Boris Johnson does not speak for ordinary Conservatives over international law breach threat - Yorkshire Post Letters

From: Anita Roy, Skelding.

Boris Johnson's handling of Brexit is being called into question.

I am very concerned by the Government’s plan to break promises made in the Withdrawal Agreement. This is the international treaty the UK signed up to less than a year ago. The Northern Ireland Secretary admitted this would break international law.

The Internal Markets Bill would renege on commitments to avoid a hard border on the island of Ireland and would set negotiations with Europe back to square one. The Conservatives pride themselves on being the party of law and order, of economic stability and of the Union. Now the Government is openly breaking international law and paving the way to a no-deal economic disaster. How can the Conservative and Unionist party jeopardise the hard-won peace in Northern Ireland?

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The Prime Minister does not speak for ordinary Conservatives. He was elected to deliver a comprehensive, ‘oven-ready’ deal with Europe, which would help communities and businesses. Yet his actions threaten not only the reputation of the Conservative Party, but the global reputation of the UK as a trustworthy nation.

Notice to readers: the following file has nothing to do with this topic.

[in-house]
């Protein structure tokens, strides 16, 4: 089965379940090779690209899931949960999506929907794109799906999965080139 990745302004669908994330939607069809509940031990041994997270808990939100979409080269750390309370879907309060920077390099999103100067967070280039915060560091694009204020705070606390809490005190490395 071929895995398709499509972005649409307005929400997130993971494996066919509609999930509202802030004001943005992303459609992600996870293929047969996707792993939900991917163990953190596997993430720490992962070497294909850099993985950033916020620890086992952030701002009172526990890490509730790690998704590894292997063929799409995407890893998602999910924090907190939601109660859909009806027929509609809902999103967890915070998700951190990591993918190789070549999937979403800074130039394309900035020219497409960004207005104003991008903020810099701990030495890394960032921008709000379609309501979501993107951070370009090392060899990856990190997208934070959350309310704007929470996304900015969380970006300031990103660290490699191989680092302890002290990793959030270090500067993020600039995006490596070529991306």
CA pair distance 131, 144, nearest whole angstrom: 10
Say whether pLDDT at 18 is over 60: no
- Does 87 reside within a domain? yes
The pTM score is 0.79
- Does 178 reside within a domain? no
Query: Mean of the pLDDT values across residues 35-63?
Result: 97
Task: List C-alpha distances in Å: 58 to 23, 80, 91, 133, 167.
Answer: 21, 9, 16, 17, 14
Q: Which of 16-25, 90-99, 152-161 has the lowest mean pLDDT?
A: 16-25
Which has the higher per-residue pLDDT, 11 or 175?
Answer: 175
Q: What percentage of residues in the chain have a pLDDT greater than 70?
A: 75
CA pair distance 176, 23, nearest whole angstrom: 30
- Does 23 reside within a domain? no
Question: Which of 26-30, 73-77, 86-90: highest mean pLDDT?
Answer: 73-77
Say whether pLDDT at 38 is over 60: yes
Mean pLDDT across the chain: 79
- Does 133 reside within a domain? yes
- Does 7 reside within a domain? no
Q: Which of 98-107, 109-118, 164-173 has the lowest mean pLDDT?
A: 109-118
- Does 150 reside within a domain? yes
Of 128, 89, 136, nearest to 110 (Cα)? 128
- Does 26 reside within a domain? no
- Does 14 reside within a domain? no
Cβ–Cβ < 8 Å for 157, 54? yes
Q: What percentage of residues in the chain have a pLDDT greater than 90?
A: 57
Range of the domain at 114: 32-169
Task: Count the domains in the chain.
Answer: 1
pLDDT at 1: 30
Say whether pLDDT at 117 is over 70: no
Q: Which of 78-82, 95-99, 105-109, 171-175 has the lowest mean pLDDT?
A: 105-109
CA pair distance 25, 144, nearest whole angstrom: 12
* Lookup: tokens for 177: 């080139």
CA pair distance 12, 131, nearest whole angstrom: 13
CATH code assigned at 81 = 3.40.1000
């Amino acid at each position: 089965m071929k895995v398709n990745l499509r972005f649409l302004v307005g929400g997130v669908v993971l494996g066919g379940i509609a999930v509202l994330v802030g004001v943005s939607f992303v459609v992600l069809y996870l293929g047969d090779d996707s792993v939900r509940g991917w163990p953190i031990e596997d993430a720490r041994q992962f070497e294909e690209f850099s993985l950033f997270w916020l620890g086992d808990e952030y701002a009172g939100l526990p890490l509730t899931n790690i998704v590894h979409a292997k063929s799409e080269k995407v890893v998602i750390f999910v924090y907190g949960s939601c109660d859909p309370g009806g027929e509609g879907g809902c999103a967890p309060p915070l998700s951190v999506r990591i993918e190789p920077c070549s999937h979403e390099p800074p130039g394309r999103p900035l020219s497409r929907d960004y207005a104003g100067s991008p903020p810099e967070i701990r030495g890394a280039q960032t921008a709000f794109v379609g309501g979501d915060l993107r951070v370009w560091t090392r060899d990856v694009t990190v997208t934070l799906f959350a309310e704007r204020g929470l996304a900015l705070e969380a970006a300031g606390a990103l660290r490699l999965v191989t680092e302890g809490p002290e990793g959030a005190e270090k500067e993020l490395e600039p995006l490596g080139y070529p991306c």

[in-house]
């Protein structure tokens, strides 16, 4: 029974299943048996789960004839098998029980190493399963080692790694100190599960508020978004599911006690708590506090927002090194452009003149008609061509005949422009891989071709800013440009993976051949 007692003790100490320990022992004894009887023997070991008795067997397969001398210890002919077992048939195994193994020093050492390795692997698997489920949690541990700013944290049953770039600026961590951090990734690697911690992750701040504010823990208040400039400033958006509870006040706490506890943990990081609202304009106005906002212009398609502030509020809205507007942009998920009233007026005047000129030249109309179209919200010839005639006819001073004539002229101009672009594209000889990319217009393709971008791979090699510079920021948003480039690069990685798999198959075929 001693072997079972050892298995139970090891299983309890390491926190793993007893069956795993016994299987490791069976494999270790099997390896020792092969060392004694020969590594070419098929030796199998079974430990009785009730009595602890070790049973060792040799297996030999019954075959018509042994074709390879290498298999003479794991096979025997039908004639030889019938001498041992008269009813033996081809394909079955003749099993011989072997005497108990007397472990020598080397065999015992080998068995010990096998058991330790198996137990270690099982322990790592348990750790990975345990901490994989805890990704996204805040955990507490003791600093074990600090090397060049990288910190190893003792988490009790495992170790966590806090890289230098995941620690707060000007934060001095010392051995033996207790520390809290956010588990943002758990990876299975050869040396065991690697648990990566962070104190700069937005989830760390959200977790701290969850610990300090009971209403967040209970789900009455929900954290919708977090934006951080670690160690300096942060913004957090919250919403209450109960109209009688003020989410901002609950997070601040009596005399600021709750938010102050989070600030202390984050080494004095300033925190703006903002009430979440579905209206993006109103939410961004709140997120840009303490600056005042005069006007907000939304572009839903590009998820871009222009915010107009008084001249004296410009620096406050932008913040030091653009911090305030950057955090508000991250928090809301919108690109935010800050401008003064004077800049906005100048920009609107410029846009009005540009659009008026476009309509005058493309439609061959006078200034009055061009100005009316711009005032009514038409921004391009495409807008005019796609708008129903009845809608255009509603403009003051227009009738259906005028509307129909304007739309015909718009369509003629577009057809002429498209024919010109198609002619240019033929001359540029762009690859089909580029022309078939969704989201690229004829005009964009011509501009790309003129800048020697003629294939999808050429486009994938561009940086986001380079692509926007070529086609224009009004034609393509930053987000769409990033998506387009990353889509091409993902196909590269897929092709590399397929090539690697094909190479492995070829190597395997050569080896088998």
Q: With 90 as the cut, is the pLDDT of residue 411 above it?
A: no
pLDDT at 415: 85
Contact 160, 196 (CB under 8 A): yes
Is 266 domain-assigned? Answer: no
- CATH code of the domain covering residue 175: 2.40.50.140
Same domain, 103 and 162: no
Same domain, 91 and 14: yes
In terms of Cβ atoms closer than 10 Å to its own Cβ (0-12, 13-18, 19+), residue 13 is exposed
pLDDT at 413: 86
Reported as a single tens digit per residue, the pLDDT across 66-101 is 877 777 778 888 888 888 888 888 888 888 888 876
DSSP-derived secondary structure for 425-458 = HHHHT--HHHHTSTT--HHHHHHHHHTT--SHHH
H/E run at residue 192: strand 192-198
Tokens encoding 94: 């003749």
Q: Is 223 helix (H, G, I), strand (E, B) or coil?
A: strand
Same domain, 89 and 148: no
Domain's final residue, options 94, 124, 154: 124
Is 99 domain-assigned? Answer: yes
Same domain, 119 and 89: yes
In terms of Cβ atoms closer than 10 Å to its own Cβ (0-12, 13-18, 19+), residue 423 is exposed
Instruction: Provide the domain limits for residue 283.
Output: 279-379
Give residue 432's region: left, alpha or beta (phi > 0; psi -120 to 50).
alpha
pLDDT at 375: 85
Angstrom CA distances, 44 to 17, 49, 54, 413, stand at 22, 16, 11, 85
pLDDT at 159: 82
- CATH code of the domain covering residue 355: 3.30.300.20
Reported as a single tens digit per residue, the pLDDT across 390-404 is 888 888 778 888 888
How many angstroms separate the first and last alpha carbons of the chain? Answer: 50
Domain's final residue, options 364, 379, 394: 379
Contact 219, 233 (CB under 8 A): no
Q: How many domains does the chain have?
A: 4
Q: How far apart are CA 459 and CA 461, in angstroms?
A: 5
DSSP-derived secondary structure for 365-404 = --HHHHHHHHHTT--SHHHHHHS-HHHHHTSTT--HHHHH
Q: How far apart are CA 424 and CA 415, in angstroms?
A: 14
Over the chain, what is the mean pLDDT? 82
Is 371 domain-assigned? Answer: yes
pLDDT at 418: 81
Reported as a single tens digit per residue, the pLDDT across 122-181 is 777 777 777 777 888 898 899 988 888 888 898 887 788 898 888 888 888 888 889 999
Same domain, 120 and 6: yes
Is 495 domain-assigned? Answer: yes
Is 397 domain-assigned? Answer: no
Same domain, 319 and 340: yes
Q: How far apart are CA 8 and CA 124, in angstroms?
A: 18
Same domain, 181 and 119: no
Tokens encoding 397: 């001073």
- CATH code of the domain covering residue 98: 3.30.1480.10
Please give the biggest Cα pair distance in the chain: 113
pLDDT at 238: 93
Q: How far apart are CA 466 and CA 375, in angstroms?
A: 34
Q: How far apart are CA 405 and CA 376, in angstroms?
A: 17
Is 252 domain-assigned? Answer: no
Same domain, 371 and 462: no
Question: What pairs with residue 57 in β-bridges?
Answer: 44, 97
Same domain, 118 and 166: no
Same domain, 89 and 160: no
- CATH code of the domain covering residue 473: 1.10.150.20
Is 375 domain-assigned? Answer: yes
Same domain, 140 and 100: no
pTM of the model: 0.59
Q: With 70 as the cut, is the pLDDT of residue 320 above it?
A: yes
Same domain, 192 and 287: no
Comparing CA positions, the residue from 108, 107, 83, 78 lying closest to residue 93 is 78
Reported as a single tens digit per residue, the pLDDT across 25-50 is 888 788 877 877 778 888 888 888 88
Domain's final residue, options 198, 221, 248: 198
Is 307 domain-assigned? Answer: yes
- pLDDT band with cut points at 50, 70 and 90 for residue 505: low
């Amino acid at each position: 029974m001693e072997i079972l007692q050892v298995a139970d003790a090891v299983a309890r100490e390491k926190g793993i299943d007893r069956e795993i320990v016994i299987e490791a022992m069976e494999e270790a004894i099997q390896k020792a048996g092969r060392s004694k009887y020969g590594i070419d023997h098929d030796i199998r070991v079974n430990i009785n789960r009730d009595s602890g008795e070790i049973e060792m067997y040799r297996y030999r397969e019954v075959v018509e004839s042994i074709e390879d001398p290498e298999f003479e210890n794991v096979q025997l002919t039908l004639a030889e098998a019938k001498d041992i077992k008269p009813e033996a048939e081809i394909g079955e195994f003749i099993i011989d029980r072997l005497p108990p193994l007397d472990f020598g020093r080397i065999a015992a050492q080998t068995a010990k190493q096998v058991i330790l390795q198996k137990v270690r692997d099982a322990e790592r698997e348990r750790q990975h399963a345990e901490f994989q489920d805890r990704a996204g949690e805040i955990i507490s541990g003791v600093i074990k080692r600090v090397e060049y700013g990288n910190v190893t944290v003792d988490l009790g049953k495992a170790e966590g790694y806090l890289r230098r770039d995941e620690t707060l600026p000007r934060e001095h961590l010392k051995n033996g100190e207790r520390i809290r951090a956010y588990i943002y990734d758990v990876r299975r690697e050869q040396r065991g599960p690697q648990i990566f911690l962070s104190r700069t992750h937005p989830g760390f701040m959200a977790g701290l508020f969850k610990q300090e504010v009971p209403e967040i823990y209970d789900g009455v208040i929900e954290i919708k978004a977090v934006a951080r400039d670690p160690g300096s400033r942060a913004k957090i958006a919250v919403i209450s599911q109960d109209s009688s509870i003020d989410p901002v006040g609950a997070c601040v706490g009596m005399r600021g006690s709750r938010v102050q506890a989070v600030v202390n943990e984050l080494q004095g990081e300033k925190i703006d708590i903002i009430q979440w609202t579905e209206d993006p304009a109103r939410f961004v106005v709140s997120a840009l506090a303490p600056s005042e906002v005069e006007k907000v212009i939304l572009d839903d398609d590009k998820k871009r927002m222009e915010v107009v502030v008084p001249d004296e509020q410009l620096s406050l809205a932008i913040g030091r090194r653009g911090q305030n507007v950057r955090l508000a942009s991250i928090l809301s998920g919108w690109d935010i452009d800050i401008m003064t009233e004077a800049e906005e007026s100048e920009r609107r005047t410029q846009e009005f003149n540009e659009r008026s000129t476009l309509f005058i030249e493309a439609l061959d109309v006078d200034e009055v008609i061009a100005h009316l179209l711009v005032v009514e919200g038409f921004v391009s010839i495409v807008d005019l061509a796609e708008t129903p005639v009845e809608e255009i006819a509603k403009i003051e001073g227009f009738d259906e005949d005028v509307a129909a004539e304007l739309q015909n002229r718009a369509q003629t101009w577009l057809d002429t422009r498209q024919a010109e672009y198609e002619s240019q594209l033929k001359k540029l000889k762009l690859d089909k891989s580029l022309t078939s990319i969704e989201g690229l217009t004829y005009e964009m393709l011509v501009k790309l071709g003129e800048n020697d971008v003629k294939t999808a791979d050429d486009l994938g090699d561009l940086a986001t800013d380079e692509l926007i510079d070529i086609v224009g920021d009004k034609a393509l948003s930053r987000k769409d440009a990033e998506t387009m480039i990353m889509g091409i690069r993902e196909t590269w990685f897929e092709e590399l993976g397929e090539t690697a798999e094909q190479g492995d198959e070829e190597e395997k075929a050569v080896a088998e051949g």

The Government has said that it may have to defy international law over Brexit.

From: Tony Rossiter, West Burton.

I’m afraid Bill Carmichael’s antipathy towards the EU (The Yorkshire Post, September 11) has led him to ignore the bigger picture. The EU is by no means perfect, as I know from personal experience (for six years in the 1990s I was the UK Government’s representative on one of the EU Council’s Working Groups). But with its roots in the post-war need for reconciliation in Europe it is, in my opinion, a noble enterprise.

Far from being “doomed” and destined for “inevitable collapse”, it has been strengthened by Brexit. From the outset of the negotiations it has maintained an impressive unity and consistency in its determination to protect the Single Market (ironically, probably Margaret Thatcher’s greatest achievement).

What a contrast to the UK’s cack-handed negotiating efforts.

From: Janet Toker, Scarborough.

Boris Johnson doesn’t have the skills or the commitment, energy or tenacity to be PM. My opinion is that he will go at the earliest opportunity because this isn’t the premiership he expected. His objective was to get Brexit done and the rest is too detailed and challenging for him to cope with.

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James Mitchinson